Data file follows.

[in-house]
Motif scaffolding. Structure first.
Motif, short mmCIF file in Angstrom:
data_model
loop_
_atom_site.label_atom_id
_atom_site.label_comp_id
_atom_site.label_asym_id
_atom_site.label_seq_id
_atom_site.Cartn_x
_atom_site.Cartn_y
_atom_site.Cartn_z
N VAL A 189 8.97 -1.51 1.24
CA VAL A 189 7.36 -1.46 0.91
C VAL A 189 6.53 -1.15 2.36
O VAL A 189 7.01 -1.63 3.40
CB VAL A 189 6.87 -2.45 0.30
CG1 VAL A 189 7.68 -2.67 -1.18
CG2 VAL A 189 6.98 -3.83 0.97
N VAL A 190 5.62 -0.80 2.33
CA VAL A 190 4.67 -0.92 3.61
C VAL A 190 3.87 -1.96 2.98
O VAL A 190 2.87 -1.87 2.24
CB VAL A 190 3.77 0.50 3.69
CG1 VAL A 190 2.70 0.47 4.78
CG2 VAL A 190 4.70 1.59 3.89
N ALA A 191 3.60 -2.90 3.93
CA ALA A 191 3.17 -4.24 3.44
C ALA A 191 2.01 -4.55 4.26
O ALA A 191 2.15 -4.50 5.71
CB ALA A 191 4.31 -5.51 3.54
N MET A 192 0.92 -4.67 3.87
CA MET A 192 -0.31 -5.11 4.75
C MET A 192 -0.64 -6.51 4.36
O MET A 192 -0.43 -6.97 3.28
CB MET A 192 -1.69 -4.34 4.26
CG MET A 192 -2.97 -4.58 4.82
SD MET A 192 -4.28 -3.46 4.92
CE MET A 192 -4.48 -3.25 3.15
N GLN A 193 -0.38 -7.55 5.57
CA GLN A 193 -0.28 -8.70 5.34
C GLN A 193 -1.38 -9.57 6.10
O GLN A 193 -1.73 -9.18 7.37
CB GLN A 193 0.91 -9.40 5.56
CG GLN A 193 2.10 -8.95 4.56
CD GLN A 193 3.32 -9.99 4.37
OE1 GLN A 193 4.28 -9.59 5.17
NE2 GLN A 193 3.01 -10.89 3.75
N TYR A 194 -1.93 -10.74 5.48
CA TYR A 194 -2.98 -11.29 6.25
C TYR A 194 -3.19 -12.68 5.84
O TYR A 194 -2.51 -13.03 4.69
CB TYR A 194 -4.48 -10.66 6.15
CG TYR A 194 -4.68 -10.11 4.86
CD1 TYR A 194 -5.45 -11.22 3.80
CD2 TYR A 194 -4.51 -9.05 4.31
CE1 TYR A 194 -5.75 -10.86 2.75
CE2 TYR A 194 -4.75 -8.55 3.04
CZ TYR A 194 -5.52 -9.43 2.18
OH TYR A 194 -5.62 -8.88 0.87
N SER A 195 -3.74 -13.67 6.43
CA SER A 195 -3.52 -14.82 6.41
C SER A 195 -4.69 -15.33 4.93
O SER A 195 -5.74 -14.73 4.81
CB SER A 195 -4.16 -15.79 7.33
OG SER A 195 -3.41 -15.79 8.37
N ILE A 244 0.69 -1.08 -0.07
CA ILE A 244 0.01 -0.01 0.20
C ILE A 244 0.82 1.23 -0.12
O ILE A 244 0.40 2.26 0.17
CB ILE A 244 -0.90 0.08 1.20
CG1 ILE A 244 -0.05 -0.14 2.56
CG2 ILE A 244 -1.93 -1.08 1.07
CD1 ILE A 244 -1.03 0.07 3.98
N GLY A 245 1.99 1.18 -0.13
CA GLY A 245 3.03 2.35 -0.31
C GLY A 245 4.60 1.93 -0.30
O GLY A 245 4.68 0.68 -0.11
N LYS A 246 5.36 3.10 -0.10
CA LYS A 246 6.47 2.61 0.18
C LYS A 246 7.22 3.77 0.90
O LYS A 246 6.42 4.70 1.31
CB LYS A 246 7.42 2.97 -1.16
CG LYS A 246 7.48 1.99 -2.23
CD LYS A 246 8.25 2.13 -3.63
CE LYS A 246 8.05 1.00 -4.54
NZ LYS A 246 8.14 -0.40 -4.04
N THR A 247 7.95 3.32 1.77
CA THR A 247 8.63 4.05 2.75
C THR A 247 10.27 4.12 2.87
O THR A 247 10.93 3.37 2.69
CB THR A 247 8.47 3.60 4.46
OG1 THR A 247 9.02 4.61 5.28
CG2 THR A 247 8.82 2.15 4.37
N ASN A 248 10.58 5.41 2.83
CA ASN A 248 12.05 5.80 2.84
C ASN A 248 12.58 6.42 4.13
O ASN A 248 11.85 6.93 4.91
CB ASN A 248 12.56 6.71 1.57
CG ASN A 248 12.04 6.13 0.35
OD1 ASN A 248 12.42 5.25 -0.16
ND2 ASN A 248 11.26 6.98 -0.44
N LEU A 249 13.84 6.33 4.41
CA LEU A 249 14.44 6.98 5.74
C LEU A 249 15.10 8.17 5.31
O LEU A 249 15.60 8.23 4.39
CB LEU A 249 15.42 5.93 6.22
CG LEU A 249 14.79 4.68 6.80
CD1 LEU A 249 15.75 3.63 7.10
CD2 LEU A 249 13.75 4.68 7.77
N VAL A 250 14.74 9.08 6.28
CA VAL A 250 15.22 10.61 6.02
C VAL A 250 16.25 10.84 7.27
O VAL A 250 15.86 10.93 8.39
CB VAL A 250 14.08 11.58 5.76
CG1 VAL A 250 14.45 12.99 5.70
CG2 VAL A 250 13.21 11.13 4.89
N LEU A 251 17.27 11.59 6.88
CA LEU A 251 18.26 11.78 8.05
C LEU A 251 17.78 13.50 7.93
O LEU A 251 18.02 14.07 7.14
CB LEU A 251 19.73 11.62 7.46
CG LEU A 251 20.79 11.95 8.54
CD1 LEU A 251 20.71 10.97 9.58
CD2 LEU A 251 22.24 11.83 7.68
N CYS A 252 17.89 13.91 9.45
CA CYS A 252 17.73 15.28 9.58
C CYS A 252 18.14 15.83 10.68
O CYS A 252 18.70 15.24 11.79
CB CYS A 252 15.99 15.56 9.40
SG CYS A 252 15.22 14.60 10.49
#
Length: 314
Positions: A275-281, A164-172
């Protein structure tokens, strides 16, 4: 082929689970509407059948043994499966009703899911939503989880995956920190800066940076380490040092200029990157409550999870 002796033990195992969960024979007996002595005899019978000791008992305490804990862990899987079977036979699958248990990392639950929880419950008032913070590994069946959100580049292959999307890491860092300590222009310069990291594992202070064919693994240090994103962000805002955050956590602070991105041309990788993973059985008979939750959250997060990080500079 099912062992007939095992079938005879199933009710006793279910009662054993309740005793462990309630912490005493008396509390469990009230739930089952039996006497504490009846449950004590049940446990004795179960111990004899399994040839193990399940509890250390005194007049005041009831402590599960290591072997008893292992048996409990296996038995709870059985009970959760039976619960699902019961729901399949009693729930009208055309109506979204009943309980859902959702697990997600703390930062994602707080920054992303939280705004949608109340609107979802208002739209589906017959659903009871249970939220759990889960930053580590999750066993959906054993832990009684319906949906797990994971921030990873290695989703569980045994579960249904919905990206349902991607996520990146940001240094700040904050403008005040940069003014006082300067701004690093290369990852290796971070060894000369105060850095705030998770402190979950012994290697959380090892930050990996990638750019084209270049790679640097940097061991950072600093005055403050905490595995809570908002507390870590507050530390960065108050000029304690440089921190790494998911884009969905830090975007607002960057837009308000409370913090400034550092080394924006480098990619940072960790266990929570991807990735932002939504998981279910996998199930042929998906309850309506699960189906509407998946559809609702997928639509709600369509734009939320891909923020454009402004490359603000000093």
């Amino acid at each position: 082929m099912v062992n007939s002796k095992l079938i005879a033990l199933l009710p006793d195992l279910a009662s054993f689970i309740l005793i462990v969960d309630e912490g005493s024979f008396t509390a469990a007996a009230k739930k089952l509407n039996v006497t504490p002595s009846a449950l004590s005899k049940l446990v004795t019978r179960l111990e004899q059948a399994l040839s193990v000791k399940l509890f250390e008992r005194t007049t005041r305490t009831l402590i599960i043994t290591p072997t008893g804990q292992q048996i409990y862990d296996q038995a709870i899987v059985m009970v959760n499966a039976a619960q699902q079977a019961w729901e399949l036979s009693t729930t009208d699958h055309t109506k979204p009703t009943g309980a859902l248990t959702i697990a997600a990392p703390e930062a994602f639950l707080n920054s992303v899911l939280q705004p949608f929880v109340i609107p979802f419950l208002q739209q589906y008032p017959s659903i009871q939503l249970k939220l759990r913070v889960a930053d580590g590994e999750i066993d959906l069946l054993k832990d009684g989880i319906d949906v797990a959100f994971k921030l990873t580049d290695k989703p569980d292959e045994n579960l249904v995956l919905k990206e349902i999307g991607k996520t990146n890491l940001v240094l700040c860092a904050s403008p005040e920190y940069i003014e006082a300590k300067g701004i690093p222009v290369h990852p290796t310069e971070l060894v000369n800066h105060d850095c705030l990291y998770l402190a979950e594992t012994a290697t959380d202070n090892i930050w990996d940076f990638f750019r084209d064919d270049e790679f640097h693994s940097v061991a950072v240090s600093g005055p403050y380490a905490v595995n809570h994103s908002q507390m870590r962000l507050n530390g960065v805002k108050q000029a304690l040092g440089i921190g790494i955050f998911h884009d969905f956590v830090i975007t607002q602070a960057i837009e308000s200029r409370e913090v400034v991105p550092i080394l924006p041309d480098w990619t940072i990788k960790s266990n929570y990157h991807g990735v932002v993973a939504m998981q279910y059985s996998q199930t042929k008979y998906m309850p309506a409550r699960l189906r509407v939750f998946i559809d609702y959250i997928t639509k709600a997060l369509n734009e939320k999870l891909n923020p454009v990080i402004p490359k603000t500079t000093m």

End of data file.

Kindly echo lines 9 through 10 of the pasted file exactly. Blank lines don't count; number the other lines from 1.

_atom_site.label_seq_id
_atom_site.Cartn_x